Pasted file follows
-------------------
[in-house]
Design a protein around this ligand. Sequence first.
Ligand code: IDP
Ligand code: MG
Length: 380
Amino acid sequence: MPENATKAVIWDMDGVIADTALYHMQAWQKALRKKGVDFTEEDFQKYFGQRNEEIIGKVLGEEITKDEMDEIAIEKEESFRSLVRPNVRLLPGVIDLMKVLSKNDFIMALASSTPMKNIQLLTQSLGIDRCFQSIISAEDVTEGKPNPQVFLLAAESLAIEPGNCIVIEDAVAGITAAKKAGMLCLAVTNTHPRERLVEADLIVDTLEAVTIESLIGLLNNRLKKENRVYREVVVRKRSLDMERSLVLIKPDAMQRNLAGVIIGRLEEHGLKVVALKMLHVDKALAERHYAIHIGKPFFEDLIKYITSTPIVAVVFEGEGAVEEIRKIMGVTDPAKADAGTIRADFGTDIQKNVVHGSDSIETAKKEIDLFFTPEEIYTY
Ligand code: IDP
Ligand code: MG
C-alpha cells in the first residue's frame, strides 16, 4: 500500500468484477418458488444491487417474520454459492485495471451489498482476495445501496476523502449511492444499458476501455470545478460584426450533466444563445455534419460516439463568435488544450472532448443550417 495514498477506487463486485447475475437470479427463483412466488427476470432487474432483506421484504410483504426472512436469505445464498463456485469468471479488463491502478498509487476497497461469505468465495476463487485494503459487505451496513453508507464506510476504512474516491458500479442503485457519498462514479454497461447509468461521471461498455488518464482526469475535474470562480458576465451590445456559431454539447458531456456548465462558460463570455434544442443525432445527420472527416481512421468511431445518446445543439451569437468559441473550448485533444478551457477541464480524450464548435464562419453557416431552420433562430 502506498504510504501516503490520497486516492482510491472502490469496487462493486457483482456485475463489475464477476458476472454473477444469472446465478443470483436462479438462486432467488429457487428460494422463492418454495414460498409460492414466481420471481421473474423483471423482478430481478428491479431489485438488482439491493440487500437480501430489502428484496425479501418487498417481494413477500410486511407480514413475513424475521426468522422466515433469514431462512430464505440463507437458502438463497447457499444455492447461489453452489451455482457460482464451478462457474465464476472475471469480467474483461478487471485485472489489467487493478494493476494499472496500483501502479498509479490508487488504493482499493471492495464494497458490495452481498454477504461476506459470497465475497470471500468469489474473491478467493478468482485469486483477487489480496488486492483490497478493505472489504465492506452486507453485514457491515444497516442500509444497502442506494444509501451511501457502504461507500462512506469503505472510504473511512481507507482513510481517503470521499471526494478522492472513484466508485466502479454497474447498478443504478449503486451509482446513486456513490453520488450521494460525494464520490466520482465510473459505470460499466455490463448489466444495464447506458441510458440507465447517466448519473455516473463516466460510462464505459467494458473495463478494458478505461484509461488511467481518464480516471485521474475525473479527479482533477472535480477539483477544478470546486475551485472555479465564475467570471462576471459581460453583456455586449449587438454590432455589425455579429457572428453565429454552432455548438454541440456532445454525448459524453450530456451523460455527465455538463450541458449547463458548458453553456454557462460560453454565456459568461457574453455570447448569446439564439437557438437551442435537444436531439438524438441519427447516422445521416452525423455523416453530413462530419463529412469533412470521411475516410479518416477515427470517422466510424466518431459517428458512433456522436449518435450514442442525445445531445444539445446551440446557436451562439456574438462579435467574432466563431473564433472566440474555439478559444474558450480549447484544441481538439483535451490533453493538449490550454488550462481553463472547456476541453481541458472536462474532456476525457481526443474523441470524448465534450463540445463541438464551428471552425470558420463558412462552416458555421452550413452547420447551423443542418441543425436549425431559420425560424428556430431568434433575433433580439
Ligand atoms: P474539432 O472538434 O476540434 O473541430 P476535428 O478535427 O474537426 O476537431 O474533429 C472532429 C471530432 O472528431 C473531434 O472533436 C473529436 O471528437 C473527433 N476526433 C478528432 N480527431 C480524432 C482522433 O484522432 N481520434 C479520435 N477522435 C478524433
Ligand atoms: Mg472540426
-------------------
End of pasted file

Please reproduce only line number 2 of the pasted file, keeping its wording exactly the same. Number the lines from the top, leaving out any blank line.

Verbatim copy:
Design a protein around this ligand. Sequence first.